Azithromycin Dihydrate (Page 5 of 7)

12.4 Microbiology

Mechanism of Action
Azithromycin acts by binding to the 23S rRNA of the 50S ribosomal subunit of susceptible microorganisms inhibiting bacterial protein synthesis and impeding the assembly of the 50S ribosomal subunit.

Resistance
Azithromycin demonstrates cross resistance with erythromycin. The most frequently encountered mechanism of resistance to azithromycin is modification of the 23S rRNA target, most often by methylation. Ribosomal modifications can determine cross resistance to other macrolides, lincosamides, and streptogramin B (MLSB phenotype).

Antimicrobial Activity
Azithromycin has been shown to be active against most isolates of the following microorganisms, both in vitro and in clinical infections [see Indications and Usage ( 1)] .

Gram-Positive Bacteria
Staphylococcus aureus
Streptococcus agalactiae
Streptococcus pneumoniae
Streptococcus pyogenes

Gram-Negative Bacteria
Haemophilus ducreyi
Haemophilus influenzae
Moraxella catarrhalis
Neisseria gonorrhoeae

Other Bacteria
Chlamydophila pneumoniae
Chlamydia trachomatis
Mycoplasma pneumoniae

The following in vitro data are available, but their clinical significance is unknown. At least 90 percent of the following bacteria exhibit an in vitro minimum inhibitory concentration (MIC) less than or equal to the susceptible breakpoint for azithromycin against isolates of similar genus or organism group. However, the efficacy of azithromycin in treating clinical infections caused by these bacteria has not been established in adequate and well-controlled clinical trials.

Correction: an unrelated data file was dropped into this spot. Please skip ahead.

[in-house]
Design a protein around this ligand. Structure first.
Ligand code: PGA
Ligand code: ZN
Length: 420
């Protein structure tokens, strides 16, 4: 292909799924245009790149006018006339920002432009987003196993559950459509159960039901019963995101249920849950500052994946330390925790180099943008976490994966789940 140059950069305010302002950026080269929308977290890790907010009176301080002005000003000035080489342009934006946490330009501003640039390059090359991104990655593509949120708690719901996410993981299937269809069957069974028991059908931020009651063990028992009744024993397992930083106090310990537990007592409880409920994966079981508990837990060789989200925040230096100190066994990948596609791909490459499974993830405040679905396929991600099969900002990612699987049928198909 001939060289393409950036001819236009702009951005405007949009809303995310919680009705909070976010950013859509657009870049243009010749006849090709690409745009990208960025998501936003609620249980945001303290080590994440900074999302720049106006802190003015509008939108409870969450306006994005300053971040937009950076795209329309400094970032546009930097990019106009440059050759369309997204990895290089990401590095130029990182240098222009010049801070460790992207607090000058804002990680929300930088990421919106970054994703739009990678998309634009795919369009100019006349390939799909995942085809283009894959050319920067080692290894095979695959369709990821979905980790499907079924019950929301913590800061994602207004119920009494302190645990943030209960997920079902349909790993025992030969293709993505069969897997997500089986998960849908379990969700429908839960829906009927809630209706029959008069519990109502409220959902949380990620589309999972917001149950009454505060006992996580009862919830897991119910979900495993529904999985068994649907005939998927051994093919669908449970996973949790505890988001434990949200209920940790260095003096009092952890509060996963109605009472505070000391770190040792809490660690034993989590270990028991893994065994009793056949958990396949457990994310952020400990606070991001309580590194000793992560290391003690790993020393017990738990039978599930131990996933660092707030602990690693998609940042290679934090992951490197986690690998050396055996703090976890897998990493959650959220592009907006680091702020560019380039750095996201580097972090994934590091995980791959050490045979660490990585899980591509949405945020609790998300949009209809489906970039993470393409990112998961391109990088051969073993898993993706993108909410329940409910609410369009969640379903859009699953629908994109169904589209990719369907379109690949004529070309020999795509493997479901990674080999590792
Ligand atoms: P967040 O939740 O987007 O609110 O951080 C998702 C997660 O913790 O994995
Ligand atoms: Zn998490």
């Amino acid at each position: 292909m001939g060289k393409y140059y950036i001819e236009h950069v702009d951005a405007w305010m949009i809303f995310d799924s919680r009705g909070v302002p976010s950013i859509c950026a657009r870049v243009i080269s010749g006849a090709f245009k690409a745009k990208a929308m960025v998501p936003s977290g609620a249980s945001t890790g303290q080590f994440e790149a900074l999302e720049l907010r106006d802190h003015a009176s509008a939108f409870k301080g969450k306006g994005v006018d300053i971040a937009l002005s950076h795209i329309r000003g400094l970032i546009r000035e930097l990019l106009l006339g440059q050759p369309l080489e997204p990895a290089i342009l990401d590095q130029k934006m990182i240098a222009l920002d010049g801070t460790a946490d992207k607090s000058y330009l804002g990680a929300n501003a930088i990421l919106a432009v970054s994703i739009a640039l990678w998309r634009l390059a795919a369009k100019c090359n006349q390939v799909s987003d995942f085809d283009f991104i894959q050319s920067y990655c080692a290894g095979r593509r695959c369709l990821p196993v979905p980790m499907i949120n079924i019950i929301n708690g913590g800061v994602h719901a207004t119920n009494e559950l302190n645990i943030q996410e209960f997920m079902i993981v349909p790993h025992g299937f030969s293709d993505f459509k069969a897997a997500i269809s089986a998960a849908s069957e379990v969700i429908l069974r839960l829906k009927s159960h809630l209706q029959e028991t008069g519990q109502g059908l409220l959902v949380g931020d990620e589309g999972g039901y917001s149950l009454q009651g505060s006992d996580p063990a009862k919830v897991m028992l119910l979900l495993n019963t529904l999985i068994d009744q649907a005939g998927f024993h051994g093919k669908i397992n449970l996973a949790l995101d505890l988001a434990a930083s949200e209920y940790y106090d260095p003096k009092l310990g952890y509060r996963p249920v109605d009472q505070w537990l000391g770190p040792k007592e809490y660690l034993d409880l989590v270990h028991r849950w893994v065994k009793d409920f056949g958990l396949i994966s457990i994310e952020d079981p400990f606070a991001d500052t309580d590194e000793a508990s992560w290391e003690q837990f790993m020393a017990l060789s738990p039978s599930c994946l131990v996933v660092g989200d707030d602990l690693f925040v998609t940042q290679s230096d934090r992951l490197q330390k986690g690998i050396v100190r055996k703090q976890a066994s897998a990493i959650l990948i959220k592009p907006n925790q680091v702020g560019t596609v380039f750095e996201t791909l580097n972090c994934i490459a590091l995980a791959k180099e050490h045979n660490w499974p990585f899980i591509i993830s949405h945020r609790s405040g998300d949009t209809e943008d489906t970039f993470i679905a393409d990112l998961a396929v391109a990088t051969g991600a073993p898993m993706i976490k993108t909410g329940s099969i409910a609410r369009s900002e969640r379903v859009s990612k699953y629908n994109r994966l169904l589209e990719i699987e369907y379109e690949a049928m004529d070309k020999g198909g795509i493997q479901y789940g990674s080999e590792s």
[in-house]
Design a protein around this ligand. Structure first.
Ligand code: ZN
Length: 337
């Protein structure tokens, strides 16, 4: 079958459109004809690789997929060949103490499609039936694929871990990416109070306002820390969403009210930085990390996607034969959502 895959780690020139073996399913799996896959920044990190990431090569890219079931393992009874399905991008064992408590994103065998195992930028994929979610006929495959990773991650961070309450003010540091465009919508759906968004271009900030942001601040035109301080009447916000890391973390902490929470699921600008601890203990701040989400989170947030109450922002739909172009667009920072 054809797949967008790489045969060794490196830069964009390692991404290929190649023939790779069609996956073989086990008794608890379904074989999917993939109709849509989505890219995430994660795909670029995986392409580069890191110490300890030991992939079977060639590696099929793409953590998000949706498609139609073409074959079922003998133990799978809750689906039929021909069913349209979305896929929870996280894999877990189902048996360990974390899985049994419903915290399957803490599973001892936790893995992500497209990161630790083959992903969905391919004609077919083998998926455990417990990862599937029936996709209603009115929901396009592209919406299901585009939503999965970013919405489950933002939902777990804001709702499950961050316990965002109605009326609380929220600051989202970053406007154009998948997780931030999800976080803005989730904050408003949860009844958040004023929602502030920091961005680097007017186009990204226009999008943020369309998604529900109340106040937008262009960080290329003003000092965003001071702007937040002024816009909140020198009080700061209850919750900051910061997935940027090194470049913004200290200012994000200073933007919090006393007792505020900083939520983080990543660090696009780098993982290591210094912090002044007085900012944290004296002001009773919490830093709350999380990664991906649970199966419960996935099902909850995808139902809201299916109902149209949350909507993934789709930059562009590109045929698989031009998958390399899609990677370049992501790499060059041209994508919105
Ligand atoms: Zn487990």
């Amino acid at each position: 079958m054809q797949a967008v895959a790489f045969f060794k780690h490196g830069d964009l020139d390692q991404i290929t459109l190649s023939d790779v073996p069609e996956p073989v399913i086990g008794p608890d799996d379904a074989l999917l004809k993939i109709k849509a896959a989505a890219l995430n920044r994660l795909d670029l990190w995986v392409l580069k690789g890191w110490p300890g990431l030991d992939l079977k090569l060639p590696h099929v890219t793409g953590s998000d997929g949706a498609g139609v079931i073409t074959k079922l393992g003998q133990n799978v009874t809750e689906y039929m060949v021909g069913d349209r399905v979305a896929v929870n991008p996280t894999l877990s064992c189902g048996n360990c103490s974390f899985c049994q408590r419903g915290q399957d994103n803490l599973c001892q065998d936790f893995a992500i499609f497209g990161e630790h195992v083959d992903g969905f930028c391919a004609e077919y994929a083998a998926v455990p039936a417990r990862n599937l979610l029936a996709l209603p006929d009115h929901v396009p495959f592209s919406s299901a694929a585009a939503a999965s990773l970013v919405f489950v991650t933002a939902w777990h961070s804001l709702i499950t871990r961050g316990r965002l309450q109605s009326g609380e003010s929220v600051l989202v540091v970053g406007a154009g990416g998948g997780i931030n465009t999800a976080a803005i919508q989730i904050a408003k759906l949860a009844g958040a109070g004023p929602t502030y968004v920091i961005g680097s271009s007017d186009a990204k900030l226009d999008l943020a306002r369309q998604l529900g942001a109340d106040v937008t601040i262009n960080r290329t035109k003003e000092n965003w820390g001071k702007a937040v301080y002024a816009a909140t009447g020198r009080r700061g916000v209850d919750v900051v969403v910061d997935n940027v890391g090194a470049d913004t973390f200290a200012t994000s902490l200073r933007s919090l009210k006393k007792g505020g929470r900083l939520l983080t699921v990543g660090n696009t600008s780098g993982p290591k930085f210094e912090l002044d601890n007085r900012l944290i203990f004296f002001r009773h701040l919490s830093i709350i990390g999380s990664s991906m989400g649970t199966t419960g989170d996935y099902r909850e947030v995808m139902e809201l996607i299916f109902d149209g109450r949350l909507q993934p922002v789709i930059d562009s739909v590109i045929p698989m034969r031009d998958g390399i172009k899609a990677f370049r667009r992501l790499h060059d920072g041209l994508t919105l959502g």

Gram-Positive Bacteria
Beta-hemolytic streptococci (Groups C, F, G)

Viridans group streptococci

Gram-Negative Bacteria
Bordetella pertussis
Legionella pneumophila

Anaerobic Bacteria
Prevotella bivia
Peptostreptococcus species

Other Bacteria
Ureaplasma urealyticum

Susceptibility Testing Methods
When available, the clinical microbiology laboratory should provide cumulative reports of in vitro susceptibility test results for antibacterial drugs used in local hospitals and practice areas to the physician as periodic reports that describe the susceptibility profile of nosocomial and community-acquired pathogens. These reports should aid the physician in selecting an antibacterial drug for treatment.

Dilution Techniques
Quantitative methods are used to determine antimicrobial MICs. These MICs provide estimates of the susceptibility of bacteria to antibacterial compounds. The MICs should be determined using a standardized test method 1,2,3,4 (broth and/or agar). The MIC values should be interpreted according to criteria provided in Table 3.

Diffusion Techniques Quantitative methods that require measurement of zone diameters can also provide reproducible estimates of the susceptibility of bacteria to antibacterial compounds. The zone size should be determined using a standardized method 2,3,4. This procedure uses paper disk impregnated with 15 mcg azithromycin to test the susceptibility of bacteria to azithromycin. The disk diffusion breakpoints are provided in Table 3.

Table 3: Susceptibility Test Interpretive Criteria for Azithromycin a
Pathogen Minimum Inhibitory Concentrations (mcg/mL) Disk Diffusion (zone diameter in mm)
S I R S I R
Haemophilus influenzae a ≤4 ≥12
Staphylococcus aureus ≤2 4 ≥8 ≥18 14 to 17 ≤13
Streptococci including S. pneumoniae ≤0.5 1 ≥2 ≥18 14 to 17 ≤13
Moraxella catarrhalis a ≤0.25 ≥26

a Insufficient information is available to determine Intermediate or Resistant interpretive criteria